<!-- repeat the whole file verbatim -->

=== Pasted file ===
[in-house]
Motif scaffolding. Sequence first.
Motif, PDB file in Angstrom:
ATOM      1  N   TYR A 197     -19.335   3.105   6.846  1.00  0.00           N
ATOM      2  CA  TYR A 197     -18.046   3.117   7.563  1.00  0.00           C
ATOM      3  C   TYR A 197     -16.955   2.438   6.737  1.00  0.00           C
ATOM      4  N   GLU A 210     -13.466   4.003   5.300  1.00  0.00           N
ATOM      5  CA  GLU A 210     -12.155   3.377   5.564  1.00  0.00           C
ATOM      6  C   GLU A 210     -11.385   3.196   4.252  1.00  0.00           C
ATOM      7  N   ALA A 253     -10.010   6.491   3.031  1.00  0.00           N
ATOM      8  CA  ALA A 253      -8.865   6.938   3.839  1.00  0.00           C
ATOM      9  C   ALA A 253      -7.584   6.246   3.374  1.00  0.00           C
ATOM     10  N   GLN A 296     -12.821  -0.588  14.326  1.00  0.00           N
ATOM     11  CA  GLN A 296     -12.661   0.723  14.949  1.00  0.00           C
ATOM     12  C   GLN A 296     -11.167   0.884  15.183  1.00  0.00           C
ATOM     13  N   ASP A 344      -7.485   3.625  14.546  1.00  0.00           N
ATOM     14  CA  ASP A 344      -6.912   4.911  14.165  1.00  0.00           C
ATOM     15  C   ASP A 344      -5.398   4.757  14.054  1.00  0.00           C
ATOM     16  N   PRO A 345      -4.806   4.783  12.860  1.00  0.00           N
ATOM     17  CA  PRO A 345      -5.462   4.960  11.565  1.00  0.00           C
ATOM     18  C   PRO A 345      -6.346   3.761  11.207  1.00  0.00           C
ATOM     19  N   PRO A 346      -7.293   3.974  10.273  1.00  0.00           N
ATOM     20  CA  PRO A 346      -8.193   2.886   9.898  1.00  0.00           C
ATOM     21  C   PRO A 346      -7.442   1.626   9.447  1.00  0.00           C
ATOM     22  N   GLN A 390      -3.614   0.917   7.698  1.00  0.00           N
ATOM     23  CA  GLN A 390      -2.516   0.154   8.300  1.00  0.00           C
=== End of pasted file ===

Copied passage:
[in-house]
Motif scaffolding. Sequence first.
Motif, PDB file in Angstrom:
ATOM      1  N   TYR A 197     -19.335   3.105   6.846  1.00  0.00           N
ATOM      2  CA  TYR A 197     -18.046   3.117   7.563  1.00  0.00           C
ATOM      3  C   TYR A 197     -16.955   2.438   6.737  1.00  0.00           C
ATOM      4  N   GLU A 210     -13.466   4.003   5.300  1.00  0.00           N
ATOM      5  CA  GLU A 210     -12.155   3.377   5.564  1.00  0.00           C
ATOM      6  C   GLU A 210     -11.385   3.196   4.252  1.00  0.00           C
ATOM      7  N   ALA A 253     -10.010   6.491   3.031  1.00  0.00           N
ATOM      8  CA  ALA A 253      -8.865   6.938   3.839  1.00  0.00           C
ATOM      9  C   ALA A 253      -7.584   6.246   3.374  1.00  0.00           C
ATOM     10  N   GLN A 296     -12.821  -0.588  14.326  1.00  0.00           N
ATOM     11  CA  GLN A 296     -12.661   0.723  14.949  1.00  0.00           C
ATOM     12  C   GLN A 296     -11.167   0.884  15.183  1.00  0.00           C
ATOM     13  N   ASP A 344      -7.485   3.625  14.546  1.00  0.00           N
ATOM     14  CA  ASP A 344      -6.912   4.911  14.165  1.00  0.00           C
ATOM     15  C   ASP A 344      -5.398   4.757  14.054  1.00  0.00           C
ATOM     16  N   PRO A 345      -4.806   4.783  12.860  1.00  0.00           N
ATOM     17  CA  PRO A 345      -5.462   4.960  11.565  1.00  0.00           C
ATOM     18  C   PRO A 345      -6.346   3.761  11.207  1.00  0.00           C
ATOM     19  N   PRO A 346      -7.293   3.974  10.273  1.00  0.00           N
ATOM     20  CA  PRO A 346      -8.193   2.886   9.898  1.00  0.00           C
ATOM     21  C   PRO A 346      -7.442   1.626   9.447  1.00  0.00           C
ATOM     22  N   GLN A 390      -3.614   0.917   7.698  1.00  0.00           N
ATOM     23  CA  GLN A 390      -2.516   0.154   8.300  1.00  0.00           C